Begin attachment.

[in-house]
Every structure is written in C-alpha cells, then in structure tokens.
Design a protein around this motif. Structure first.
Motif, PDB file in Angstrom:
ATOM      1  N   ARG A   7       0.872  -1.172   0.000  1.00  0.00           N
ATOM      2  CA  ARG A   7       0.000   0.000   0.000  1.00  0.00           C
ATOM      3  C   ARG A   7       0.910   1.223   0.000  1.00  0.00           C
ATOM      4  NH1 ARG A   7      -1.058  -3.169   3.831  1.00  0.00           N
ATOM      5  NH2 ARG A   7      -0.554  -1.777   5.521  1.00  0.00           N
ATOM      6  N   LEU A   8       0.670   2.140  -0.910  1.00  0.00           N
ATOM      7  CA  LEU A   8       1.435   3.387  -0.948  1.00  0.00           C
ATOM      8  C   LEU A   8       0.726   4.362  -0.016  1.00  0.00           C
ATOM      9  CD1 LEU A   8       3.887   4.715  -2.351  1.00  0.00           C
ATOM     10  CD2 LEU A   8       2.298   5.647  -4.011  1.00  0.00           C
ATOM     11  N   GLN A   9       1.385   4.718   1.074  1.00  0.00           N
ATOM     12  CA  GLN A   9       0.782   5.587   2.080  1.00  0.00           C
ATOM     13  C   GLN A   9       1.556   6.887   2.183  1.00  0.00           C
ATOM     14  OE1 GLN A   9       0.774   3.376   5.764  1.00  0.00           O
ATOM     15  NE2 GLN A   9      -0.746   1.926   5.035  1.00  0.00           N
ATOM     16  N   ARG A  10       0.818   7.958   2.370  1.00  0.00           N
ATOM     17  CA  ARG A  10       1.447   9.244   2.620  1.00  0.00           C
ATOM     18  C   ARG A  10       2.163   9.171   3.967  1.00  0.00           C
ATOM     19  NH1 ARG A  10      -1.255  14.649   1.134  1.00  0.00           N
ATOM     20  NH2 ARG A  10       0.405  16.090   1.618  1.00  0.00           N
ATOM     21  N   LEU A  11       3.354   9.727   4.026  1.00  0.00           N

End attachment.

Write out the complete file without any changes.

[in-house]
Every structure is written in C-alpha cells, then in structure tokens.
Design a protein around this motif. Structure first.
Motif, PDB file in Angstrom:
ATOM      1  N   ARG A   7       0.872  -1.172   0.000  1.00  0.00           N
ATOM      2  CA  ARG A   7       0.000   0.000   0.000  1.00  0.00           C
ATOM      3  C   ARG A   7       0.910   1.223   0.000  1.00  0.00           C
ATOM      4  NH1 ARG A   7      -1.058  -3.169   3.831  1.00  0.00           N
ATOM      5  NH2 ARG A   7      -0.554  -1.777   5.521  1.00  0.00           N
ATOM      6  N   LEU A   8       0.670   2.140  -0.910  1.00  0.00           N
ATOM      7  CA  LEU A   8       1.435   3.387  -0.948  1.00  0.00           C
ATOM      8  C   LEU A   8       0.726   4.362  -0.016  1.00  0.00           C
ATOM      9  CD1 LEU A   8       3.887   4.715  -2.351  1.00  0.00           C
ATOM     10  CD2 LEU A   8       2.298   5.647  -4.011  1.00  0.00           C
ATOM     11  N   GLN A   9       1.385   4.718   1.074  1.00  0.00           N
ATOM     12  CA  GLN A   9       0.782   5.587   2.080  1.00  0.00           C
ATOM     13  C   GLN A   9       1.556   6.887   2.183  1.00  0.00           C
ATOM     14  OE1 GLN A   9       0.774   3.376   5.764  1.00  0.00           O
ATOM     15  NE2 GLN A   9      -0.746   1.926   5.035  1.00  0.00           N
ATOM     16  N   ARG A  10       0.818   7.958   2.370  1.00  0.00           N
ATOM     17  CA  ARG A  10       1.447   9.244   2.620  1.00  0.00           C
ATOM     18  C   ARG A  10       2.163   9.171   3.967  1.00  0.00           C
ATOM     19  NH1 ARG A  10      -1.255  14.649   1.134  1.00  0.00           N
ATOM     20  NH2 ARG A  10       0.405  16.090   1.618  1.00  0.00           N
ATOM     21  N   LEU A  11       3.354   9.727   4.026  1.00  0.00           N